Love of Life condenses and fractures the structures from its predecessor. The album is constantly cut up by nameless interstitial tracks. Some are just the distant clanging of percussion, while others meld lilting guitar with spoken-word recordings. In these moments, the album drifts away from itself, only to bring us right back to earth with the rumbling drums and rolling guitar of "The Other Side of the World" or the heartbreaking quiet of "Her". The album expands in similar ways, but a shift from airy keyboards to more rooted piano sounds leans out the proceedings a bit. The shift gives "In the Eyes of Nature" a tense edge and infuses "God Loves America" with a pang of melancholia. Love of Life is made of starker, more deliberate shifts between sonic landscapes, but showing its seams actually reinforces the structure rather than breaking it down. White Light From the Mouth of Infinity, like some other Swans records, pulls at a moment. It feels like a tone poem, one looking to uncover every secret from a set space. In contrast, Love of Life is more propulsive, moving jaggedly yet effortlessly from the shimmering guitar tones of the title track to the spare acoustic guitar of "No Cure for the Lonely", and hitting on several fruitful musical tangents in between.
The records represent a remarkable success in the first run of Swans, and a unique moment in the sound. 1996's The Great Annihilator would continue the experiments with space and texture, but there's an industrial edge that hints back at earlier work, while its follow-up Soundtracks for the Blind is a catch-all farewell. Like now, Swans sounded focused on these two records, diving into an aesthetic and mining it for all its worth. The reissue includes several bonus tracks from this era, and while some are previously available and there may be no true revelations, they fill out a sense of the band's vision for its sound as they made these records (and, to some extent, The Burning World). They do also provide some excellent moments, especially a version of the Jarboe-lef "Mother's Milk", a wonderfully ragged live take on Love of Life's "Amnesia", and the howling epic "The Unknown".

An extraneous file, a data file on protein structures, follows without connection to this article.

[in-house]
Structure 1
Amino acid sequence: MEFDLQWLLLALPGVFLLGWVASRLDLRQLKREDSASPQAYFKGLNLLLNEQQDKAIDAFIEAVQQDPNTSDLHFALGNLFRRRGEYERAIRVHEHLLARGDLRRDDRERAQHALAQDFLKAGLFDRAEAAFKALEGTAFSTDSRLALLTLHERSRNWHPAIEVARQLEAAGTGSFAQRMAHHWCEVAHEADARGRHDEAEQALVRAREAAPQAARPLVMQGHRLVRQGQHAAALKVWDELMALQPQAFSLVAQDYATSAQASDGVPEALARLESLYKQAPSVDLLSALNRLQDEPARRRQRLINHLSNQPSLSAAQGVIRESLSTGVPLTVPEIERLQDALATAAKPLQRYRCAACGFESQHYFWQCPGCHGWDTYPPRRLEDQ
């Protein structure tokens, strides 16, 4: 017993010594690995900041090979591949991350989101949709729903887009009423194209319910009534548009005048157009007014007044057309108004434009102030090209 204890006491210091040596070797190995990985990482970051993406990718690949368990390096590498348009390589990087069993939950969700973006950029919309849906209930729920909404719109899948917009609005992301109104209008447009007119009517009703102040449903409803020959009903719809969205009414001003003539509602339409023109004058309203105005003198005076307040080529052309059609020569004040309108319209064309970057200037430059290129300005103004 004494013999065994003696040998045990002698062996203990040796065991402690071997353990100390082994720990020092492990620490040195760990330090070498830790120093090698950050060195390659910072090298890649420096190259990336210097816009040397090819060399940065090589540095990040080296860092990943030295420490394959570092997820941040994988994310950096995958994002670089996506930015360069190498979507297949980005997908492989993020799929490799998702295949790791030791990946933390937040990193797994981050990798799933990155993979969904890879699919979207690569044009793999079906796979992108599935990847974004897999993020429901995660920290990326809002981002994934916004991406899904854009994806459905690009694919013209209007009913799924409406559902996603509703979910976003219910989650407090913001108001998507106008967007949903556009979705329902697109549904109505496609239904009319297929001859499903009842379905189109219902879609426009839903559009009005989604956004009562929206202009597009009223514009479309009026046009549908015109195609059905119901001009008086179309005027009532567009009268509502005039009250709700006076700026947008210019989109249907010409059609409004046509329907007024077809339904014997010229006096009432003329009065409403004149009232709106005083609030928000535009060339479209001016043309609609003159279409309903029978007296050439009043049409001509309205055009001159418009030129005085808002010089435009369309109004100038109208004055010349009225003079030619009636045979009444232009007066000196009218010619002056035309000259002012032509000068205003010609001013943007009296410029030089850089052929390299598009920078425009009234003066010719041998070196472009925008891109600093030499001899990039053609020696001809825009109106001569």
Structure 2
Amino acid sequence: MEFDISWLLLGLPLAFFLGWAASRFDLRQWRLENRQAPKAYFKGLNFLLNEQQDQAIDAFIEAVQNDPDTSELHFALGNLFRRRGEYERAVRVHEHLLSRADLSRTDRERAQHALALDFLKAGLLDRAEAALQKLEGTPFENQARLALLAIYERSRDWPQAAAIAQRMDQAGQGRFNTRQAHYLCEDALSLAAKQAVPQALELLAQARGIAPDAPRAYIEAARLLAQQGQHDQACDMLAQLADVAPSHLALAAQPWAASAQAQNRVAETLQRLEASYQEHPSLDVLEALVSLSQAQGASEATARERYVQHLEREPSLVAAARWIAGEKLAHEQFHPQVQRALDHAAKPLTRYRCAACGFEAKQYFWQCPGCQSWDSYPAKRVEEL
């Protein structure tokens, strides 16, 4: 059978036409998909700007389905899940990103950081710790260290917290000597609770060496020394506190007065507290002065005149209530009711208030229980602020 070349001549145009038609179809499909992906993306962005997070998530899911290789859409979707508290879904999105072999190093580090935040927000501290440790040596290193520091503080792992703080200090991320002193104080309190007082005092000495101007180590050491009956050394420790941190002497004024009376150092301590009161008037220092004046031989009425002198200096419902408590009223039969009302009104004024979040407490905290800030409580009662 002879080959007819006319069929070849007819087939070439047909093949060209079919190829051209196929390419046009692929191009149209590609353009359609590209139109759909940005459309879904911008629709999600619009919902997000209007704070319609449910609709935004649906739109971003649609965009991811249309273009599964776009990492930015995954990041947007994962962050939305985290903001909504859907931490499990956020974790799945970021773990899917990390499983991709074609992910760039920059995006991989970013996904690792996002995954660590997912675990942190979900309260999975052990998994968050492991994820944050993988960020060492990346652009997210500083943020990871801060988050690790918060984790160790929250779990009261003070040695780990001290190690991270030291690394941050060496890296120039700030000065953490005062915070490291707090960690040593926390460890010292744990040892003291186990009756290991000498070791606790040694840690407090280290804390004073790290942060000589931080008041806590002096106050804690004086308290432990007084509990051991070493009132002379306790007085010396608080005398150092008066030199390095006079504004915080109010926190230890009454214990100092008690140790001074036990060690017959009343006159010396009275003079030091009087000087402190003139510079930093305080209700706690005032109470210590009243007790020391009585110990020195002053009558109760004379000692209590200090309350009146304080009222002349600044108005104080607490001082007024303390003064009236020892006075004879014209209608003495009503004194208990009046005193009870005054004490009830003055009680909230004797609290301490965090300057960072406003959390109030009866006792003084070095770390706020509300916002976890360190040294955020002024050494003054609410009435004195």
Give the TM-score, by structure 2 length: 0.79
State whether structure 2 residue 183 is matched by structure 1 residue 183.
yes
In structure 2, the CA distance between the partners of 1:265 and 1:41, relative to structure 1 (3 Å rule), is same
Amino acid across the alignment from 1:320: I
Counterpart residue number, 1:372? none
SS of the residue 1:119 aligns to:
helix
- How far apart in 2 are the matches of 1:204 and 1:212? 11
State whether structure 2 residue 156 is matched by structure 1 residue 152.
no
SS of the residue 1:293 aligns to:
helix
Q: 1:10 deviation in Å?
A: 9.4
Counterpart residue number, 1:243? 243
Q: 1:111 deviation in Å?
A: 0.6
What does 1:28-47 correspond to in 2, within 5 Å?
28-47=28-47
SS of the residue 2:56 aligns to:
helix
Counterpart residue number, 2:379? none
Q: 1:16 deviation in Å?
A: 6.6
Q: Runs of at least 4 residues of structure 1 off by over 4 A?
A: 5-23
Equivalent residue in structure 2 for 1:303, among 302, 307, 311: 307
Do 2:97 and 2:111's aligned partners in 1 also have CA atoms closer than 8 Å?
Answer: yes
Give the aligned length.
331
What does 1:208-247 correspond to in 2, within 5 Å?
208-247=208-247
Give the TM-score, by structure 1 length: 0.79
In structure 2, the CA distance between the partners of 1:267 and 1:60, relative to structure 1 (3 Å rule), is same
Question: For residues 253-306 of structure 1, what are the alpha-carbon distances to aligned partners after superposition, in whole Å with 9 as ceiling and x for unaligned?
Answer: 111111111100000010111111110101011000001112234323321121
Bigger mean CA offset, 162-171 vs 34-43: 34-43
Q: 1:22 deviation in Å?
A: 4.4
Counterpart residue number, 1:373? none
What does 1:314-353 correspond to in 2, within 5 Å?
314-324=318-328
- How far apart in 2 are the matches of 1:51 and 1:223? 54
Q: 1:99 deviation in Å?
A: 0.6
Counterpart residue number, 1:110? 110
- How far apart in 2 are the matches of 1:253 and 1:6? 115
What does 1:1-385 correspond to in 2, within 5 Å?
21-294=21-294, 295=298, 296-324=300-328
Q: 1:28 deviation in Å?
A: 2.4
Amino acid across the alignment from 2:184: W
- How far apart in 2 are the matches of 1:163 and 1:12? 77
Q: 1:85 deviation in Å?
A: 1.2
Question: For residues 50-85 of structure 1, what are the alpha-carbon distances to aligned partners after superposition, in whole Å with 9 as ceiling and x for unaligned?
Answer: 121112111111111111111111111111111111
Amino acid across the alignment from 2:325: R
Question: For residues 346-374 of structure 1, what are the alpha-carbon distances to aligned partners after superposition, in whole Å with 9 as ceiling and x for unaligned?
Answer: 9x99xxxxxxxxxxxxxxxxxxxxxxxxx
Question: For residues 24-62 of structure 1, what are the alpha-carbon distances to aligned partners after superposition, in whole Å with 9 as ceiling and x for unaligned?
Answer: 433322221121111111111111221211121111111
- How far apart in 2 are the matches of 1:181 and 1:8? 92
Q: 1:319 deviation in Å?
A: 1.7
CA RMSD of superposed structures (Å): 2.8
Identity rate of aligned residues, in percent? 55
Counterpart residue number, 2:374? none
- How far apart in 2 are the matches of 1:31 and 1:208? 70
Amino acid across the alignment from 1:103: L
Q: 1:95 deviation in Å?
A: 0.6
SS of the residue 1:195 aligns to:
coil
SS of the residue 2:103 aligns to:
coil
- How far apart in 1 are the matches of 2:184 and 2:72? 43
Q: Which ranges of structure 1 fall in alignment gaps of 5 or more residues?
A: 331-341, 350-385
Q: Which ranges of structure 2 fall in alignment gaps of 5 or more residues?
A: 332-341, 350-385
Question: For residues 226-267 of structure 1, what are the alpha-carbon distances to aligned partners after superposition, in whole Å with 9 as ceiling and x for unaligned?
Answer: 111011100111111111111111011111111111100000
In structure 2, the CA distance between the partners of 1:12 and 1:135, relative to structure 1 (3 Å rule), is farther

But the bonus tracks play second fiddle to these two great, even essential records. The beauty of Swans is how complicated their legacy gets with each new release, while still creating these through lines of thought and aesthetic. White Light From the Mouth of Infinity and Love of Life aren't opposite the deeper rumblings of other records, the ones we describe by their darkness. Instead, these transcendent records are shaped by their shadowy counterparts, and vice versa. Though they may seem, on their own, like outliers, these records fit perfectly into the Swans canon, and -- with their sense of texture and deliberate pacing clashing with hairpin shifts -- should be seen as fundamental to the band's development. These records cut through that veil of reality, but they don't do so to point out how flimsy it is. Instead, they do it to provide with something better, something more.